DGEMM is also a very good case for a GPU and Larrabee probably has a much more consistent performance profile.

    Maybe if Maxwell brings along a decent amount of CPU capability, it can allow for the posited task-sharing between CPU and Phi workflow, or at least improve the situation where the GPU has many of its advantages muted by needing to rely on a processor across an expansion bus so much.
     
  14. liolio

    liolio Aquoiboniste
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    I feel a bit underwhelmed by that chip from Intel. OK they ship something, at last, but overall it looks a bit like a sub-part effort. Intel did better than that lately.
    I mean how long it has been since Larrabee was cancelled? I would have expected more of a rework ( I haven't read much about where they were heading since the project was cancelled as a GPU).
    Something akin to IBM effort with the power a2 cores.
    As it is I don't see that product leveraging all Intel strength, it's still trying to be GPU but it seems to fails to match them on raw throughput, it is also more power hungry.
    I do get Charlie argument about coding being easier and how it translates into saving quiet some bucks, but overall I feel like the issue of chip is not trying hard enough to be a CPU if that make sense.
    I would have hope for Intel to unify its ISA as far as the SIMD are concerned and be compatible with their up coming Haswel CPU. I would have hoped transactional memory to make into the system. I think that they could have build a more proper interconnect to link chips together like IBM did with its power a2, where are the QPI links?
    Overall I feel like Intel should have design its own Power A2, better if they could as they have more transistors to play with, power a2 still use on 45nm process.
    I might be completely out of phase with the requirement of HPC or GPGPU computing but I feel they would have been better off shipping a "CPU" instead of an add-on card ( I mean mobo with 2 or 4 sockets).
    They may have trade even more raw power but it seems that power consumption is off great importance they may have come with a way better chip in that regard (like less cores, 256bit SIMD, an big L3, faster clock speed, better single thread performance). As convenience (coding) and power consumption seems to be the main bottleneck in HPC, why did they still tried to attack GPU on their strong points? (I mean perf per chips, when they have other mean to reach that kind of compute density (sustained throughput and power consumption) in a server blade even though if most likely implies having more chips per blades?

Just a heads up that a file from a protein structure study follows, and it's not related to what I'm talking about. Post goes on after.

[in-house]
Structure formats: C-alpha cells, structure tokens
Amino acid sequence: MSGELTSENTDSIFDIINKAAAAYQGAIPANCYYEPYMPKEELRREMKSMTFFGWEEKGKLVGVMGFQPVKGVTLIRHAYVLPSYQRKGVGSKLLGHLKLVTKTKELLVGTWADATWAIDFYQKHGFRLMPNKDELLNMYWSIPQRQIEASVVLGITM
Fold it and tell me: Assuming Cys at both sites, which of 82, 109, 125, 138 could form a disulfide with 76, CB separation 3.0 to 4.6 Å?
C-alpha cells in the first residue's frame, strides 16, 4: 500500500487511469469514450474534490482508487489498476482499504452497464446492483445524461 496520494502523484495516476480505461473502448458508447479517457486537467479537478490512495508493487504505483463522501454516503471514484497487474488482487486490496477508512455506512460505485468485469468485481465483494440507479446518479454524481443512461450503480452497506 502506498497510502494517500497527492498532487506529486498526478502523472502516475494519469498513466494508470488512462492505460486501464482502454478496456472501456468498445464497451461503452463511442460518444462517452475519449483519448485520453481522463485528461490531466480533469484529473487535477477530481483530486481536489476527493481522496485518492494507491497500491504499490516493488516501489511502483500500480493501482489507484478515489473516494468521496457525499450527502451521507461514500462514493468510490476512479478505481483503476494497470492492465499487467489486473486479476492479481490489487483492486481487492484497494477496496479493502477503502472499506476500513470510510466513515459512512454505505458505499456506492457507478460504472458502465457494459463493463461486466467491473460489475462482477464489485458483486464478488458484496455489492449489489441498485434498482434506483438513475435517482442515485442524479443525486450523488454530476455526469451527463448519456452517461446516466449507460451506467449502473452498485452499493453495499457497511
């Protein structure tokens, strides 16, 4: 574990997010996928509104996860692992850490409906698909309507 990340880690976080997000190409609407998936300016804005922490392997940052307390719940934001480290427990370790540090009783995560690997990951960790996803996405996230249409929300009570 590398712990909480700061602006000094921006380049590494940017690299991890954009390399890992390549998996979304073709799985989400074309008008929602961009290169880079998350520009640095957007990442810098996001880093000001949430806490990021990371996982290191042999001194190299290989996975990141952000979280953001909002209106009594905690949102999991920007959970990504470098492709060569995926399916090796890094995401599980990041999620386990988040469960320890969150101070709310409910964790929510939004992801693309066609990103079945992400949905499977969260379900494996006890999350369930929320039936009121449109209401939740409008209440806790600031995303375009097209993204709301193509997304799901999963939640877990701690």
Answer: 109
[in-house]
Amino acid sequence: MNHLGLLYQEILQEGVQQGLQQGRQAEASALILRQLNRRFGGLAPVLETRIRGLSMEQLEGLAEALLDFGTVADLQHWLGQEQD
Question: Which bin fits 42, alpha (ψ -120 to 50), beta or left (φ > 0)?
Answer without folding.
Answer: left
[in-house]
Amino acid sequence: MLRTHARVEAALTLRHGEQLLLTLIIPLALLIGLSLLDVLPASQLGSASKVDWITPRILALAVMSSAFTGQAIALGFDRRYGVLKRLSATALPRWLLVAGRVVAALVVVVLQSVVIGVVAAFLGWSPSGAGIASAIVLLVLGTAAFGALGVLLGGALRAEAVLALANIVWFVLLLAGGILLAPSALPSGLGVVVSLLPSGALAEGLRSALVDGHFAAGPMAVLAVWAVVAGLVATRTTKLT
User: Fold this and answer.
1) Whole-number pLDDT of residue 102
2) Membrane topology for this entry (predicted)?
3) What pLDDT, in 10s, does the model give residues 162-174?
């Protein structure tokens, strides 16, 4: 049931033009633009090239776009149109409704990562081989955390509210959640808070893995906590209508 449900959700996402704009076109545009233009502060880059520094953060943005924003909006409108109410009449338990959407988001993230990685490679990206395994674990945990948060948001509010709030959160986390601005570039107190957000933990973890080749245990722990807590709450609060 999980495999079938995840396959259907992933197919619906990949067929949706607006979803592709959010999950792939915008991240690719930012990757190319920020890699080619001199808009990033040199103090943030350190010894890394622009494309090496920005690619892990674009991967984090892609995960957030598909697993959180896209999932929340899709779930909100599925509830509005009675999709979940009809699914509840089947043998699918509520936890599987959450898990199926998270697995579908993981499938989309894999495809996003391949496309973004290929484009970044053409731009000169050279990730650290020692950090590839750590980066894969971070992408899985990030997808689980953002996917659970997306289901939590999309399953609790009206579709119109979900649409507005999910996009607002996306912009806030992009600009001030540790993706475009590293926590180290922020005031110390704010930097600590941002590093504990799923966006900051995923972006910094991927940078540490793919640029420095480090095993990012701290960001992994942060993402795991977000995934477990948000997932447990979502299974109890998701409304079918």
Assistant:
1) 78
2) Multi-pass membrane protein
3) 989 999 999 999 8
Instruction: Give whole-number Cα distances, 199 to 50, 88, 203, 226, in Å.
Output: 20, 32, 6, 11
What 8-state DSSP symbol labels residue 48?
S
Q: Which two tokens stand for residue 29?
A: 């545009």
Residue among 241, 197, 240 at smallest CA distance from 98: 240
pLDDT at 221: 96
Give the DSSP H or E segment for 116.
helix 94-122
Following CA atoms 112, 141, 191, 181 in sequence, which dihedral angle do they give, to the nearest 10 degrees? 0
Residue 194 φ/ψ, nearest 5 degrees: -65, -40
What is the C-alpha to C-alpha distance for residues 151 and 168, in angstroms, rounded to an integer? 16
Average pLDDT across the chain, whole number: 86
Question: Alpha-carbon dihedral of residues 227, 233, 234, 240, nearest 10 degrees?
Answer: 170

Am I completely wrong on the matter?
     
    #1094 liolio, Nov 14, 2012
    Last edited by a moderator: Nov 14, 2012
  15. AlexV

    AlexV Heteroscedasticitate
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    I think that Haswell is far more of a concern than Shi is (strictly on technical grounds), but Shi is doing its intended job of getting mind-set slices quite nicely. I don't think Intel is hugely keen on selling you a higher-cost Shi for the price it can sell you a nice much lower cost Xeon, but they needed some way to hedge against the possibility (which didn't necessarily materialise, mind you) of GPU encroachment.
     
  16. 3dilettante

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    Neat thing for comparison.

    http://www.realworldtech.com/haswell-cpu/

    Haswell's gather implementation is as was initially speculated as a microcoded loop.
    It generates a load uop per vector element, regardless of cache line adjacency.

    My earlier curiousity about which gather implementation would be more aggressive between Larrabee and Haswell appears to be satisfied.
     
  17. Triskaine

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    Why do you keep calling it Shi?
     
  18. ams

    ams
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    Yes, his analysis of supercomputing trends is spot on :) Take a look:

    http://5601-blogs-nvidia-com.voxcdn...ds/2012/06/Top500_list_2012_GPU_momentum2.png

    This is exponential growth, with no signs of slowing anytime soon. With Maxwell, this trend should continue as NVIDIA will be able to supply very high performance and energy efficient GPU's and CPU's for high performance computing.

    Regarding ease of programming with Xeon Phi vs. all other "accelerators", that is FUD to some extent. The reality is that reworking existing code to take advantage of increased parallelism can dramatically improve the performance of any supercomputing system, regardless of whether or not multi-core CPU's are used or CPU+GPU cores are used.

    http://blogs.nvidia.com/2012/04/no-free-lunch-for-intel-mic-or-gpus/

    Buddy Bland of Oak Ridge National Laboratory talked about this at SC12:

    http://www.ustream.tv/recorded/26957654
     
    #1098 ams, Nov 14, 2012
    Last edited by a moderator: Nov 14, 2012
  19. dnavas

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  20. rpg.314

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    Look at the SRAM size he is promising. 256 MB / chip